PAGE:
A Theory of Sleep
yan king yin (no spam please)
y.k.y at lycos.com
Wed Aug 15 01:00:41 EST 2001
When I said "random" it also means under genetic and other constrains. I
know whether to call it "chaotic" or "quasi-random".
Generating excess combinations and then eliminating them is quite common
in biological systems, such as in the immune sytem and in the nervous
"Ed van der Meulen":
> Sleep functions are in my view important for all kinds of
> neural nets, mainly dealing with it's inner unrest.
> On the site http://nnw.sourceforge.net you can find
> demos of neural nets having a few sleep functions. And if
> you know how important categorizing is for our human
> intelligence, you can't underestimate these sleep function.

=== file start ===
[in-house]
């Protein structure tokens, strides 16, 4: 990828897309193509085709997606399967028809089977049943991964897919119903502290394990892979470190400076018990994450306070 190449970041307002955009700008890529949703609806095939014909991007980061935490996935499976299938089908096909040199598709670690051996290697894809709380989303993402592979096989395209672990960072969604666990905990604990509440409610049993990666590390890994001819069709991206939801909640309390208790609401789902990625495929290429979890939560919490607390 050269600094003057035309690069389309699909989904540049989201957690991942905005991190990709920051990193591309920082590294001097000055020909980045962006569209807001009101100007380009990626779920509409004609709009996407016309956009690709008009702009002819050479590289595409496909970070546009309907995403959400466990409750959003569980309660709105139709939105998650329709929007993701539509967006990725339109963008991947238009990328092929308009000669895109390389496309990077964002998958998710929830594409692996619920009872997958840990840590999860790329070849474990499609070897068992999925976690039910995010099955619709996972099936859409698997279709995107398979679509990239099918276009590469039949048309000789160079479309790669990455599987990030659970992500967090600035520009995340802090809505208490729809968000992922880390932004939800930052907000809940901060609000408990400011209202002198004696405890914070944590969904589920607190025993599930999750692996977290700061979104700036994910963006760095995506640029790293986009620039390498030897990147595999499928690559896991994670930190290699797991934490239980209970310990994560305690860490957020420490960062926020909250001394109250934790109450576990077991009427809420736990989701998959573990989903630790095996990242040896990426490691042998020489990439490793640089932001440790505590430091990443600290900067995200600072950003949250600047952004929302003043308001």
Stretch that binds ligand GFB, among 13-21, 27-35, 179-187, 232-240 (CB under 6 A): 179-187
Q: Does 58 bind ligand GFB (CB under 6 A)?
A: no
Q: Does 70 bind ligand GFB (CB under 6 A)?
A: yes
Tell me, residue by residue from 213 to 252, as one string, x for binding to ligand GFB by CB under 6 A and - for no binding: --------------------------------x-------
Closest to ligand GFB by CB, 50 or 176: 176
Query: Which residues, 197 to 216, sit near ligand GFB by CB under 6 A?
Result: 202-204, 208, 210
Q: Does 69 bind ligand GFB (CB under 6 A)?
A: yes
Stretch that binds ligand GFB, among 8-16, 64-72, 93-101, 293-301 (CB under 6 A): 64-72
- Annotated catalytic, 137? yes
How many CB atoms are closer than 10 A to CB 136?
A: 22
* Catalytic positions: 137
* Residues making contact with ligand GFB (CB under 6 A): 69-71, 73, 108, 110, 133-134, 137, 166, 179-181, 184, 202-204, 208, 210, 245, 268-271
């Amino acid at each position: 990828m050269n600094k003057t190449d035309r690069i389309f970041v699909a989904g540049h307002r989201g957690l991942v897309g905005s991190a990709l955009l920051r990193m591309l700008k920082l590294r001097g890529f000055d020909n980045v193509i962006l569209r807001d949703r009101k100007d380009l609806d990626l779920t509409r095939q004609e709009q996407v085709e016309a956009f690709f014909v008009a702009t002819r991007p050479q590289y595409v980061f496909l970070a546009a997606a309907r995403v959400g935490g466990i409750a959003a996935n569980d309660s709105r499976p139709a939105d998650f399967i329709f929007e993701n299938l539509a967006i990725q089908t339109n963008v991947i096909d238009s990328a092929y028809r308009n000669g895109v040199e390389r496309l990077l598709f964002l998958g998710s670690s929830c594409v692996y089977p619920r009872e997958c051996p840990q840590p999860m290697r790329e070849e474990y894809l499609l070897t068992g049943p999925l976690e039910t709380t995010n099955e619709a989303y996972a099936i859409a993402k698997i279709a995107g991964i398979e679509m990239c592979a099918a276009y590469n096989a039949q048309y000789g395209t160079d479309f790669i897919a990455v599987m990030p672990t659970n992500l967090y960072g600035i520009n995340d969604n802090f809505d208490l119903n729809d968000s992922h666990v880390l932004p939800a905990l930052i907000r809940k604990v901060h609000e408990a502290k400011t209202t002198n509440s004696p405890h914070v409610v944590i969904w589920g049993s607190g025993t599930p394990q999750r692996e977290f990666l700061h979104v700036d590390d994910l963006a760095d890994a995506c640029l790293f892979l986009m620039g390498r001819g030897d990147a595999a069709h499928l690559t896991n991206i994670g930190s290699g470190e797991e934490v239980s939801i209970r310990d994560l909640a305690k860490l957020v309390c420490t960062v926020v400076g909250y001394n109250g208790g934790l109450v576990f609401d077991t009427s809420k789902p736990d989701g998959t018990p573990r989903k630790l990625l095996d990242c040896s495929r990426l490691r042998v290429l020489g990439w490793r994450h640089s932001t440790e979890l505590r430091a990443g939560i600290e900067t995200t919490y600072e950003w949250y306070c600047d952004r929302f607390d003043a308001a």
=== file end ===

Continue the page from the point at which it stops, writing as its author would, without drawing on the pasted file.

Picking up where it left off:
> But randomize synaptic connections is for me too wild.
> All happens with all kinds of constraints. In my models
> I certainly do use variation with some amount of chaos,
> which is inherent in the signals and some in the neurons.
> Internal generated signals have indeed some chaos, but
> the overall behavior is fairly logical.
> Important also is the large difference in the size scales,
> between a single connection and overall behavior,
> which I see as emerging with often unpredictable
> behavior, however frequently within bounds.
> I tell you the clue of my view. It's very simple in my project,
> look at a level of detail (LOD) or scale where you don't see
> the individual neurons anymore, but only streams. Those
> streams can stream forward and sometimes backward.,
> with only a few extra features. The number of degrees of
> freedom is low on this LOD. We have coded those
> streams, that simple. But we've lost the knowledge that our
> cell is the representant of one real neuron, it could stand
> for a cluster of cells, but with the amazing bottom-up
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